June 27, 2012
Liz Shapiro, FNP, a family nurse practitioner at John C. Lincoln's Dearing Family Medicine.
What comes to mind when you hear the term "medical home?" A house filled with medical equipment, a residential facility, a home health care service?
Current terms used in health care refer to a "medical home" as none of the above. A medical home is a unique relationship between patients and their primary care provider who works in partnership with them to manage and coordinate all their health care needs over a long period of time.
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This article appears in the July - August 2012 edition of HealthBeat, John C. Lincoln's free health newsletter.
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As we age, chronic health conditions become more common. Developing a medical home can help reduce the risks associated with chronic health conditions and lead to overall better patient outcomes.
"One provider who sees a patient on a regular basis can evaluate the patient's overall situation and provide alternatives, rather than just trying to claim a single health issue," said Gary Rada, MD, of John C. Lincoln's Saguaro Family Practice.
Building a medical home is the joint responsibility of the patient and the provider. Patients should do their research to find the type of provider that works best for them. When you meet with them, come prepared with a full background of medical and family history, and then remain with that provider over a long period of time.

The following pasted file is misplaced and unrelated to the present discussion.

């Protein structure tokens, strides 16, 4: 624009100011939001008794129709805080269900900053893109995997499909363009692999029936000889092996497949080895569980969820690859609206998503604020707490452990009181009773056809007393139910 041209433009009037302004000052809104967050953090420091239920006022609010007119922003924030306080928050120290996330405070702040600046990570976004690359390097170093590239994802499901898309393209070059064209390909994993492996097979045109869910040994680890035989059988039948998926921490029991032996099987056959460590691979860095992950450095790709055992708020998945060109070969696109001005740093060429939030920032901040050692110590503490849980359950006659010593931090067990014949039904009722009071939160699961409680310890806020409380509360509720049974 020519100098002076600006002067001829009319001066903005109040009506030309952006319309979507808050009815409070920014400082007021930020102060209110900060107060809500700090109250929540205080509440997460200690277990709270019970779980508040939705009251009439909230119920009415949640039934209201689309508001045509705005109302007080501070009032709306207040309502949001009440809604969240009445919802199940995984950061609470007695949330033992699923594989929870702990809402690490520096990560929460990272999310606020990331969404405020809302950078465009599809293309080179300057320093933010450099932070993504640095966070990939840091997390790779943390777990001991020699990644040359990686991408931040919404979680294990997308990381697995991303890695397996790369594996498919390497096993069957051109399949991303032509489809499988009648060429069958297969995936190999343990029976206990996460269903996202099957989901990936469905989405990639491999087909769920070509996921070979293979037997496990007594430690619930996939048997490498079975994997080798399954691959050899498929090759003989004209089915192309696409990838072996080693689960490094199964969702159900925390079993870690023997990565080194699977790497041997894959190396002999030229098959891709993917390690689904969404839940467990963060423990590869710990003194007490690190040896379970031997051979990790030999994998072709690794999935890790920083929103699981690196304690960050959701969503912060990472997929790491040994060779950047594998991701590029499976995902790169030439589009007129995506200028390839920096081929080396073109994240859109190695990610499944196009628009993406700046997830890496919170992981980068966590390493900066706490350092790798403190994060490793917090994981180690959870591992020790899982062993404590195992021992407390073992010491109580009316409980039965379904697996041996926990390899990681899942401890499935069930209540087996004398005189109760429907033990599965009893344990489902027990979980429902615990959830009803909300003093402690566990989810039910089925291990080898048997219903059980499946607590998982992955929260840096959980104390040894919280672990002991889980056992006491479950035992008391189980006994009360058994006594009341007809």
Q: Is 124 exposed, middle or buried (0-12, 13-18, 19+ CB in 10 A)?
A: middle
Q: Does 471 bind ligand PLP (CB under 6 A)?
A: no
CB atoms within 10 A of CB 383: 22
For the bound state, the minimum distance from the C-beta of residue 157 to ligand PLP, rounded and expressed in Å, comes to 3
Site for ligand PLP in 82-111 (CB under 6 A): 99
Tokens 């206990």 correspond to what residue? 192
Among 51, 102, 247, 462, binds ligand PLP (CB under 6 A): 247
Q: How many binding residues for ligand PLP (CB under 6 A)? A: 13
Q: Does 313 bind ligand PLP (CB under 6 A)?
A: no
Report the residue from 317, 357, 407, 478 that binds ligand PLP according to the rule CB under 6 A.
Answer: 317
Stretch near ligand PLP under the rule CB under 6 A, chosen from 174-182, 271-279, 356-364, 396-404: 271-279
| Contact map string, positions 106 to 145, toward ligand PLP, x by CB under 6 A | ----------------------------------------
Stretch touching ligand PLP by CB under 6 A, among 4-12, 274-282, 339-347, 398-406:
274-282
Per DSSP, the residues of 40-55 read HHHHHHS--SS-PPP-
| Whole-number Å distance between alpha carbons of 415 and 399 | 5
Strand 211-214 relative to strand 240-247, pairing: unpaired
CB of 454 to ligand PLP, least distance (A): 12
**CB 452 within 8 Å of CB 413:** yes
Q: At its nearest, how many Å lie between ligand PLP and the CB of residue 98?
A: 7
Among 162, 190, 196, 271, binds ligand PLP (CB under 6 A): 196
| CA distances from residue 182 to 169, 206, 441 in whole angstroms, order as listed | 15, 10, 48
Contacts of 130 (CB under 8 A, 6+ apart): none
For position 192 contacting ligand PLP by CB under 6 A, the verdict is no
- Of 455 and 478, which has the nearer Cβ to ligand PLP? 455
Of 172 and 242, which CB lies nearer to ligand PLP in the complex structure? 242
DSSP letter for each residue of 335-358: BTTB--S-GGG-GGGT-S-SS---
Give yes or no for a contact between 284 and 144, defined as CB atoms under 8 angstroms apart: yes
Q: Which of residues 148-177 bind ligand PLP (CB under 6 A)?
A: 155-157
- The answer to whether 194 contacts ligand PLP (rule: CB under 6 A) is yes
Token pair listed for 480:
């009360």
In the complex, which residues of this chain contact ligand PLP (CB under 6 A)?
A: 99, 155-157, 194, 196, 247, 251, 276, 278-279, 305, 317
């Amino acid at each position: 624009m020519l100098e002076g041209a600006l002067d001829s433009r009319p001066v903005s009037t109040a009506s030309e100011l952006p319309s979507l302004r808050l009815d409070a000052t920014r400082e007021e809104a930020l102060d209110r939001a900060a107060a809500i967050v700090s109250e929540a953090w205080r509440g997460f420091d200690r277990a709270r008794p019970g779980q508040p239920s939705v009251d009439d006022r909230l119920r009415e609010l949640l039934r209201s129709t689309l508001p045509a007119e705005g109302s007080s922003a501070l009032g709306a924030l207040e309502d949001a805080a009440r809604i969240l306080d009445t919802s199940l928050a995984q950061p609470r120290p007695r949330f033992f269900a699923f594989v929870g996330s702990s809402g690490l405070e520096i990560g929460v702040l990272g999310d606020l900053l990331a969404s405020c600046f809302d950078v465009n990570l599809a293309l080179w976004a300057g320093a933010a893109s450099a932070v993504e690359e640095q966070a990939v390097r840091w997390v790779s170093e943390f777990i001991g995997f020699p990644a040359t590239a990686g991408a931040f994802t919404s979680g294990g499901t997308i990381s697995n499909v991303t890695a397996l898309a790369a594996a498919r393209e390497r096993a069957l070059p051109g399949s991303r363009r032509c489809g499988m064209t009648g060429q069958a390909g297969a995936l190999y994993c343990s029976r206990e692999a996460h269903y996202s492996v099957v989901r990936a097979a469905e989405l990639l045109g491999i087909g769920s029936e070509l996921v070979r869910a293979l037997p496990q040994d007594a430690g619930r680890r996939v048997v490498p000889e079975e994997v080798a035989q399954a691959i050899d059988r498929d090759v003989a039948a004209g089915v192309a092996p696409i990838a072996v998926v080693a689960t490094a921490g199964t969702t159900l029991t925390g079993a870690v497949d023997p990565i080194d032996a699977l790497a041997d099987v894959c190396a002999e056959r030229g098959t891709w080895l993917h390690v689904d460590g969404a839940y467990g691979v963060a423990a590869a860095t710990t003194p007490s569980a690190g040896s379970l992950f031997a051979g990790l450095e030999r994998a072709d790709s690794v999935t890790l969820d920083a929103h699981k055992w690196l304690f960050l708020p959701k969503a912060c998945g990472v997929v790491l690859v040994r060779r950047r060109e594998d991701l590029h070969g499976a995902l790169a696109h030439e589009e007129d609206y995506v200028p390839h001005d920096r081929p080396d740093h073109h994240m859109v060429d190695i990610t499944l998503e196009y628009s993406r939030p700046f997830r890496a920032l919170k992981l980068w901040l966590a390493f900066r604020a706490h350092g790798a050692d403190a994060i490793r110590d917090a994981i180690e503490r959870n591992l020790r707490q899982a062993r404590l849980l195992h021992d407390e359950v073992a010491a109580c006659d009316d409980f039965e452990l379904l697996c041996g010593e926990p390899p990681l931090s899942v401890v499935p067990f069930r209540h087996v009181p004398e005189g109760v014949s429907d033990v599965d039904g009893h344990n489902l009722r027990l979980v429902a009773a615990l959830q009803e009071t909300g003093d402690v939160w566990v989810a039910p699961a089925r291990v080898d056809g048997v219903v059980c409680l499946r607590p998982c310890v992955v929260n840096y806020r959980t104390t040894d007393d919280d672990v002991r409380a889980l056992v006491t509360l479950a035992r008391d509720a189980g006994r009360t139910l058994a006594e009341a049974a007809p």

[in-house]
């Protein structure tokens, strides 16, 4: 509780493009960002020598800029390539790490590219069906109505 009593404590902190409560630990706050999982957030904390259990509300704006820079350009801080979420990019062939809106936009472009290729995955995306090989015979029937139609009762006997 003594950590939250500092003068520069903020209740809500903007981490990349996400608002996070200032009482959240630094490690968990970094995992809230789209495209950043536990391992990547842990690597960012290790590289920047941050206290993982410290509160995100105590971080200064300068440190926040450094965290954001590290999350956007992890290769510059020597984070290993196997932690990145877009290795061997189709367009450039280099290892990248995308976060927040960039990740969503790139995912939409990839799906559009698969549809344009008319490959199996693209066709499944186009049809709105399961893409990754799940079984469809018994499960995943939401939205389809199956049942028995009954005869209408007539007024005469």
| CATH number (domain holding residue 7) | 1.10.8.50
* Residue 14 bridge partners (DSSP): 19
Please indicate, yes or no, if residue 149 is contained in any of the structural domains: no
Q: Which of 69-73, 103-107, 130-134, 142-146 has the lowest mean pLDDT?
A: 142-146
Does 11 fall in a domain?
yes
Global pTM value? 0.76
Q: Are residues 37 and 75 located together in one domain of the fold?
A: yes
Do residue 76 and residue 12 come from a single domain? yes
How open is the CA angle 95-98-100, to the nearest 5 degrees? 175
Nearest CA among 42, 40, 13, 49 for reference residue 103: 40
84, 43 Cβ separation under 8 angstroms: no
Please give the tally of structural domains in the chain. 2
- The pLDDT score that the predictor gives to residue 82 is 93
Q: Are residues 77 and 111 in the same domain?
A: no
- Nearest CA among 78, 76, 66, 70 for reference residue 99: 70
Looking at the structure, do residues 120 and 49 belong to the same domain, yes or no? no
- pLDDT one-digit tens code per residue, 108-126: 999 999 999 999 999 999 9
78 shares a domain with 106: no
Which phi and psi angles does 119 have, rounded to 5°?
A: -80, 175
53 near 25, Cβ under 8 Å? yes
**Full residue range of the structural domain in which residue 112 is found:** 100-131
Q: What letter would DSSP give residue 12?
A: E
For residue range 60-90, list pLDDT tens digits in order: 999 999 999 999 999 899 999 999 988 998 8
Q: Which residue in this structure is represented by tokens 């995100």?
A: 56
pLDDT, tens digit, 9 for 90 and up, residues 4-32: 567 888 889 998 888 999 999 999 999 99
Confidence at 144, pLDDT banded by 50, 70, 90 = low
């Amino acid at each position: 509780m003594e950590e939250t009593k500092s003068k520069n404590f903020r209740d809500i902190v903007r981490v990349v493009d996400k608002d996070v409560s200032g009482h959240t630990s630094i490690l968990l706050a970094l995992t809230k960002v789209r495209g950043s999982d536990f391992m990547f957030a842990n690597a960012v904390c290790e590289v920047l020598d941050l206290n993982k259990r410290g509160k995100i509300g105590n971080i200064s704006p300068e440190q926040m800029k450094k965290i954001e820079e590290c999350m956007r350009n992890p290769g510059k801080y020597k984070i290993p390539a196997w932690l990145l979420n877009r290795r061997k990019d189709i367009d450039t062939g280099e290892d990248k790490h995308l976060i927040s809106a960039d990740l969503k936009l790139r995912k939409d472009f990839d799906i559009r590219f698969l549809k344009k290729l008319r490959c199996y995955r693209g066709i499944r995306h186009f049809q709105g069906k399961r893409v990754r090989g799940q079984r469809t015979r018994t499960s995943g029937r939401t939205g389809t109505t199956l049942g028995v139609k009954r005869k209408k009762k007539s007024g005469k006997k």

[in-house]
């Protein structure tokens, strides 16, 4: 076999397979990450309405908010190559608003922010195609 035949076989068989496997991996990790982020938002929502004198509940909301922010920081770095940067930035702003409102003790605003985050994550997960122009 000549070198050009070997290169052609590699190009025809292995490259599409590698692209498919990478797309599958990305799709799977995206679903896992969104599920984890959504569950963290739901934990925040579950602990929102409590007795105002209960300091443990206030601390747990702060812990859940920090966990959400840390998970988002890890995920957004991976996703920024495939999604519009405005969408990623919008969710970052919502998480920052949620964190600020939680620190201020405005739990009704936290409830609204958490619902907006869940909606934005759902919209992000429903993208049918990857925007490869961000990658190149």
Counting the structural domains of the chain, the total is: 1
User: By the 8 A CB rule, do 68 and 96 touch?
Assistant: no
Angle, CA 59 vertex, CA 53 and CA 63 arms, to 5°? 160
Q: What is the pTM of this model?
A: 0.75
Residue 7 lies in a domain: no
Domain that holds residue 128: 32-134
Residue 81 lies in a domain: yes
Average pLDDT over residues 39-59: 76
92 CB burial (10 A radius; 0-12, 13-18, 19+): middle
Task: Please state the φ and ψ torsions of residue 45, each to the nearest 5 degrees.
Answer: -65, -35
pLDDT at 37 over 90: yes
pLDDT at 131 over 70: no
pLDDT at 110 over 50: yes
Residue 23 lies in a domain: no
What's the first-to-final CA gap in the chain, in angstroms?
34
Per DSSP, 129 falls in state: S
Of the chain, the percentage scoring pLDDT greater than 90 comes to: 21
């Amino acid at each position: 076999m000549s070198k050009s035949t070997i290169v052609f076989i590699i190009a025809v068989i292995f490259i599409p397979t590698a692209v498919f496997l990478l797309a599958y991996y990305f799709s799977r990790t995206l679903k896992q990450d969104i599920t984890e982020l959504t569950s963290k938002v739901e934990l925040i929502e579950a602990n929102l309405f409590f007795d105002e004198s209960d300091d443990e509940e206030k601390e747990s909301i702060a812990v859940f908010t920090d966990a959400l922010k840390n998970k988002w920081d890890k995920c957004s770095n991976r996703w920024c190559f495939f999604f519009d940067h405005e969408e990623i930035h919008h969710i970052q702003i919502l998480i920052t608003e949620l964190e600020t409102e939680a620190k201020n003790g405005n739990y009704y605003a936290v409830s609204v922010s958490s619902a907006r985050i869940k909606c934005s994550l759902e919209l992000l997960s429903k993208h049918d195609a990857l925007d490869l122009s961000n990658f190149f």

"There is a lot more to a patient visit after I establish a relationship with them," Dr. Rada said. "Not only do I address their current situation, I take into consideration their past symptoms and conditions, family medical history and other information learned throughout their care for a proper medical recommendation.
"Providers who establish great medical homes know their patients, their families and their history. They work with patients as partners and use a proactive team approach, while preventing duplication of services."
The Role of Nurse Practitioners in Health Care
Nurse practitioners deliver a unique blend of medical care by incorporating personalized health education, counseling, and teaching patients about healthy lifestyle choices.
"We distinguish ourselves from other health care providers by focusing on the whole person when treating specific health problems," said Liz Shapiro, FNP, a family nurse practitioner at John C. Lincoln's Dearing Family Medicine.
Nurse practitioners have an advanced graduate degree and are licensed and board-certified through national organizations. They can work in a variety of settings including cardiology, emergency, primary care and others.
Make John C. Lincoln Physician Network your medical home. Find a primary care physician or nurse practitioner in your neighborhood at JCL.com/practices.
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